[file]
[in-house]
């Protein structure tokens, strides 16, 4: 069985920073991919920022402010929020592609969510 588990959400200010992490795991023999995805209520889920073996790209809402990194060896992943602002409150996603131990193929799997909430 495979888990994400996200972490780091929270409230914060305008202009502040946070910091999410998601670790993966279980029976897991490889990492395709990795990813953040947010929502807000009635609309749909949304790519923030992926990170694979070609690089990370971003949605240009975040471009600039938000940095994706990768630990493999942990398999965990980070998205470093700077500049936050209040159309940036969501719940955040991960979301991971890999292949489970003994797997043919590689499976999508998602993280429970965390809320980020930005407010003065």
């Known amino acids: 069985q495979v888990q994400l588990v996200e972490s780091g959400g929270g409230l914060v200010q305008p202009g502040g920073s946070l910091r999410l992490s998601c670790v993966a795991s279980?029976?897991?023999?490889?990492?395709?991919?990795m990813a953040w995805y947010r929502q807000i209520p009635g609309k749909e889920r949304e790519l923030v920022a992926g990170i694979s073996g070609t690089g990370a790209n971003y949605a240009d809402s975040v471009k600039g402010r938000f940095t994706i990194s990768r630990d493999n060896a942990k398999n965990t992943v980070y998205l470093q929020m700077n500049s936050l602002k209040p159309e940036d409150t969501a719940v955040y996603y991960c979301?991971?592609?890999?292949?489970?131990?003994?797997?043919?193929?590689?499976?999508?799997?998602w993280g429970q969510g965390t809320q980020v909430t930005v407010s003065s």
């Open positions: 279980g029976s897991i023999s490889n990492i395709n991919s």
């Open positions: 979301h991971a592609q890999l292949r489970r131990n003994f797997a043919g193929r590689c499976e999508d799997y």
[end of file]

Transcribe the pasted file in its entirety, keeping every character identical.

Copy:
[in-house]
């Protein structure tokens, strides 16, 4: 069985920073991919920022402010929020592609969510 588990959400200010992490795991023999995805209520889920073996790209809402990194060896992943602002409150996603131990193929799997909430 495979888990994400996200972490780091929270409230914060305008202009502040946070910091999410998601670790993966279980029976897991490889990492395709990795990813953040947010929502807000009635609309749909949304790519923030992926990170694979070609690089990370971003949605240009975040471009600039938000940095994706990768630990493999942990398999965990980070998205470093700077500049936050209040159309940036969501719940955040991960979301991971890999292949489970003994797997043919590689499976999508998602993280429970965390809320980020930005407010003065």
């Known amino acids: 069985q495979v888990q994400l588990v996200e972490s780091g959400g929270g409230l914060v200010q305008p202009g502040g920073s946070l910091r999410l992490s998601c670790v993966a795991s279980?029976?897991?023999?490889?990492?395709?991919?990795m990813a953040w995805y947010r929502q807000i209520p009635g609309k749909e889920r949304e790519l923030v920022a992926g990170i694979s073996g070609t690089g990370a790209n971003y949605a240009d809402s975040v471009k600039g402010r938000f940095t994706i990194s990768r630990d493999n060896a942990k398999n965990t992943v980070y998205l470093q929020m700077n500049s936050l602002k209040p159309e940036d409150t969501a719940v955040y996603y991960c979301?991971?592609?890999?292949?489970?131990?003994?797997?043919?193929?590689?499976?999508?799997?998602w993280g429970q969510g965390t809320q980020v909430t930005v407010s003065s």
């Open positions: 279980g029976s897991i023999s490889n990492i395709n991919s």
């Open positions: 979301h991971a592609q890999l292949r489970r131990n003994f797997a043919g193929r590689c499976e999508d799997y």